What is Transfer Pricing?
Transfer pricing simply refers to the pricing of goods, services, or intellectual property that is transferred between companies that are part of the same multinational enterprise. This practice is important because it affects the profits of each company, their tax obligations, and ultimately the economic well-being of the countries they operate in.
Objectives of Transfer Pricing
The primary objective of a transfer pricing policy is to ensure that profits are allocated fairly between the different parts of the multinational enterprise. This is because the transfer price of a product or service will affect the taxable income of the entities involved. If one entity sets the transfer price too high, it will reduce the taxable income of the entity selling the product or service and increase the taxable income of the entity purchasing it. This practice allows companies to manipulate profits in a way that reduces their overall tax bill.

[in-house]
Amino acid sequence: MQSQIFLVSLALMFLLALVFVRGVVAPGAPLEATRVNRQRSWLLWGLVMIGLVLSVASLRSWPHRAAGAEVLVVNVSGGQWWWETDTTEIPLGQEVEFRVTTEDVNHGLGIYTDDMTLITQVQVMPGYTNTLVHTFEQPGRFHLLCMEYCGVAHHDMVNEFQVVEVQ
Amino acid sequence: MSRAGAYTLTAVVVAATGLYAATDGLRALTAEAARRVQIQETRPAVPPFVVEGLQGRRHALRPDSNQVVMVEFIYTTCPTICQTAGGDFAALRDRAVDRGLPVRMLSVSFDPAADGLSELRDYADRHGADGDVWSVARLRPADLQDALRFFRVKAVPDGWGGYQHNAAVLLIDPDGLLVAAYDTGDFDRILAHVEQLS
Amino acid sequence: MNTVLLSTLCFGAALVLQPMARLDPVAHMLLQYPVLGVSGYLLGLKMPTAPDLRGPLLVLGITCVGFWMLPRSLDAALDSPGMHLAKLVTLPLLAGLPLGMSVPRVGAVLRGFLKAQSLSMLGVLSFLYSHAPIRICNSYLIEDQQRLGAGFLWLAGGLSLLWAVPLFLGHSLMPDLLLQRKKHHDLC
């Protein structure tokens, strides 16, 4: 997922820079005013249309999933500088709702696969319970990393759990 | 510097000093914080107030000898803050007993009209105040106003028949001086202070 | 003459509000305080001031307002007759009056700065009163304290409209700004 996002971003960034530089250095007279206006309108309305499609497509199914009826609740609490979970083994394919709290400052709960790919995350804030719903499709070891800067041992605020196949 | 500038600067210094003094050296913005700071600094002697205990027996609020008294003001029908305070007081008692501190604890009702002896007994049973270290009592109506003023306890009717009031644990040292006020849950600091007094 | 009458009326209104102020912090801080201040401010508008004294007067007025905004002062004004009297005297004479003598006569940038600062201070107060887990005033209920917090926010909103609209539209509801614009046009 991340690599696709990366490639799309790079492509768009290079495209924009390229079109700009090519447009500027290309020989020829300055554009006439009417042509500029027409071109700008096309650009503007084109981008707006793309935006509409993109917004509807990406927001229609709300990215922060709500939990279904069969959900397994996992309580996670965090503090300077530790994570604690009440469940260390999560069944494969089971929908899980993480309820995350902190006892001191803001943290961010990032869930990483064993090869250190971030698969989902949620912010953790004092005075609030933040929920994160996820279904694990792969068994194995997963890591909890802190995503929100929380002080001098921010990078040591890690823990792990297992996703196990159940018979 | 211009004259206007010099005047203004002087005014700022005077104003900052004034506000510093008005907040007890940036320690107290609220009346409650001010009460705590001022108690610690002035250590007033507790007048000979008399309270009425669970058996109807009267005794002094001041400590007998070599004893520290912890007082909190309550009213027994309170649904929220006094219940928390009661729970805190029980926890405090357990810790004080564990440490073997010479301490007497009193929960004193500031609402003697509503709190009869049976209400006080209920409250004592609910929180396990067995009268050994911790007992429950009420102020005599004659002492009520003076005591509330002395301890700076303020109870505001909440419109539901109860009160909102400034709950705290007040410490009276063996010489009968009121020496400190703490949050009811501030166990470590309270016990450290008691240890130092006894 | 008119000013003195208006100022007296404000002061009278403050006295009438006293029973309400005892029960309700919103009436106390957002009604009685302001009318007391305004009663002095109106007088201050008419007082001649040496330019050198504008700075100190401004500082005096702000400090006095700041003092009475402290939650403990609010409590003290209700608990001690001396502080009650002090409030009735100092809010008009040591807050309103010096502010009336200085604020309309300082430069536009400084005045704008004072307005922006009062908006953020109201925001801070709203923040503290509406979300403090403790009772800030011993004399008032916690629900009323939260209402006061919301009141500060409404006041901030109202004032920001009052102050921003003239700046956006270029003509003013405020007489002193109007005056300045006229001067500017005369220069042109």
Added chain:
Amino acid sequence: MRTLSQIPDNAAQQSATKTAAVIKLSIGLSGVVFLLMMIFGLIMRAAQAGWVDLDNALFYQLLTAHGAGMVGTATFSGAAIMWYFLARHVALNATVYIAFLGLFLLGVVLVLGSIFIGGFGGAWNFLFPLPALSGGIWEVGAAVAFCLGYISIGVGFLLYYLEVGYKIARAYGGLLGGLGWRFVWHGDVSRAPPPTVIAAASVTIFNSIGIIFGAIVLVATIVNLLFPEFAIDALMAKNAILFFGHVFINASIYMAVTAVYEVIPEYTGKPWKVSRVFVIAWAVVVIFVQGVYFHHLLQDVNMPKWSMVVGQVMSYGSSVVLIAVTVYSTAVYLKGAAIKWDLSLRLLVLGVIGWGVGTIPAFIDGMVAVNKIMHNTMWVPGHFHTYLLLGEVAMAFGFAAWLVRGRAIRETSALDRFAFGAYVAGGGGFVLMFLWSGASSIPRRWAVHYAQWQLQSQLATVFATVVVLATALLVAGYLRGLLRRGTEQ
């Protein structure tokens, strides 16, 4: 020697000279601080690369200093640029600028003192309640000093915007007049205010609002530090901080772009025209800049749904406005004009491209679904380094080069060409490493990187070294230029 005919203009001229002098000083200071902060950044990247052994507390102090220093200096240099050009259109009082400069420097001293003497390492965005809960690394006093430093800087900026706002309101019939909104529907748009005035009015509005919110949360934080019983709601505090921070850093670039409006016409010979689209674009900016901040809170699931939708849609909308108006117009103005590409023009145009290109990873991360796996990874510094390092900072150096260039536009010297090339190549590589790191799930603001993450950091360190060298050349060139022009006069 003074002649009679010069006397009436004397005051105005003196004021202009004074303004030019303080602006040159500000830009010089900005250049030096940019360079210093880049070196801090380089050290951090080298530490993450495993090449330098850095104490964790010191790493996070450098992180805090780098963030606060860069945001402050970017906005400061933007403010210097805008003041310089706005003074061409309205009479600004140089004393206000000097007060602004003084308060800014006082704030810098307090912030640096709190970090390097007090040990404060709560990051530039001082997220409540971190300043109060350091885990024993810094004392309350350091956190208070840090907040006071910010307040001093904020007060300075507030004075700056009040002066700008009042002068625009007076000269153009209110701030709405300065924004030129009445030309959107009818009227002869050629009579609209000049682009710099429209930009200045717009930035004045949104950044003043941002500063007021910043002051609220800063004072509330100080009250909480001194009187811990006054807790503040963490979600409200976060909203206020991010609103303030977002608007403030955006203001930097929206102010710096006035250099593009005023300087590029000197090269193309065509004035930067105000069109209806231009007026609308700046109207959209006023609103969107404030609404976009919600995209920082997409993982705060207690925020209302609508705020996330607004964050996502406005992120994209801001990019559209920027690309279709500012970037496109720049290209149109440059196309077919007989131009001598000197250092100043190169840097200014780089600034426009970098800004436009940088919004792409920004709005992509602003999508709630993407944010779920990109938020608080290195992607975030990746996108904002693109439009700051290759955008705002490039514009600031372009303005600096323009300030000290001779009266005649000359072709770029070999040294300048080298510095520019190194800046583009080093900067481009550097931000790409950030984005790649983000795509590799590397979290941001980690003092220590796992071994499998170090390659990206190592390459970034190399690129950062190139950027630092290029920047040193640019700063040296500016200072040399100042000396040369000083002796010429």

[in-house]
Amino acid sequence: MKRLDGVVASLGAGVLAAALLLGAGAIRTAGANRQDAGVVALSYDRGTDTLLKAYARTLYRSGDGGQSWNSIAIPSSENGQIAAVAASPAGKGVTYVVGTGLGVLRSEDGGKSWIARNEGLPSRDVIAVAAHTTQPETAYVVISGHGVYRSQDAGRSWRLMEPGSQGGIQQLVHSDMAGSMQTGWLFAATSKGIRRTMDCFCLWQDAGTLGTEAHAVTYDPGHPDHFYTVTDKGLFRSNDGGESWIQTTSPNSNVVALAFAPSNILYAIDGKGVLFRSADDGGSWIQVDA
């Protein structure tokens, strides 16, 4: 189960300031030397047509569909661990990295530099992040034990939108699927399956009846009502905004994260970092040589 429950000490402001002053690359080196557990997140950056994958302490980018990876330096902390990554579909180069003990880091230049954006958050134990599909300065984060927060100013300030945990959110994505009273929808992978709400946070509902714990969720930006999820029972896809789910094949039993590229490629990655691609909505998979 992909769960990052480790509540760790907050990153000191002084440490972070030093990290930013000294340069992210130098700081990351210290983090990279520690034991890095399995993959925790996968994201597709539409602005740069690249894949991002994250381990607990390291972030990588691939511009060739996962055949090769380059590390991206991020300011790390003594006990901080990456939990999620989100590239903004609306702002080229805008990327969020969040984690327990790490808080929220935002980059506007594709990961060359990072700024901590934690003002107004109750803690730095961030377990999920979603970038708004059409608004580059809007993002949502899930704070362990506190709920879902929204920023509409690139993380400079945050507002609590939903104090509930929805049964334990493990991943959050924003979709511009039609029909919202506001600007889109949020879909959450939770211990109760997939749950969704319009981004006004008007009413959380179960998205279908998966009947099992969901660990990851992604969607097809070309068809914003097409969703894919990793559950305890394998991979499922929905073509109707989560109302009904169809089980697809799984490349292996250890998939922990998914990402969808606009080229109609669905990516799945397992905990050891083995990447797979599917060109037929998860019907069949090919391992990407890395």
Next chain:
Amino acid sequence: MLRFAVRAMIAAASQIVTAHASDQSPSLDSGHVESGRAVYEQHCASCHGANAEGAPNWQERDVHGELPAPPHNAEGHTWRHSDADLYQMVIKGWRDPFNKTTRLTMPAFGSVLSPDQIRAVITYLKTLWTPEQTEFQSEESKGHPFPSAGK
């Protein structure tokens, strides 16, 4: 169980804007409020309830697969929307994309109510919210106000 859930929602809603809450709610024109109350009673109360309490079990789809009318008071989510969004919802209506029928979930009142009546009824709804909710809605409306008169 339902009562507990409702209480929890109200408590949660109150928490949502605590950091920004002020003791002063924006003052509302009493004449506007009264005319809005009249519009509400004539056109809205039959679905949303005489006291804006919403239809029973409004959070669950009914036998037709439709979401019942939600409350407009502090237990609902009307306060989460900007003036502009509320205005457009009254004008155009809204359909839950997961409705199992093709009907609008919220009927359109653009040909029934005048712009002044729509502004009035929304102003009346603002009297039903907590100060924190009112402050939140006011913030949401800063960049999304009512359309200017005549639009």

The issue of transfer pricing is particularly problematic for countries that are home to multinational corporations because transfer pricing policies often result in revenue being shifted out of the country and into other jurisdictions where tax rates are lower. This kind of tax avoidance largely diminishes the tax base of impacted countries.
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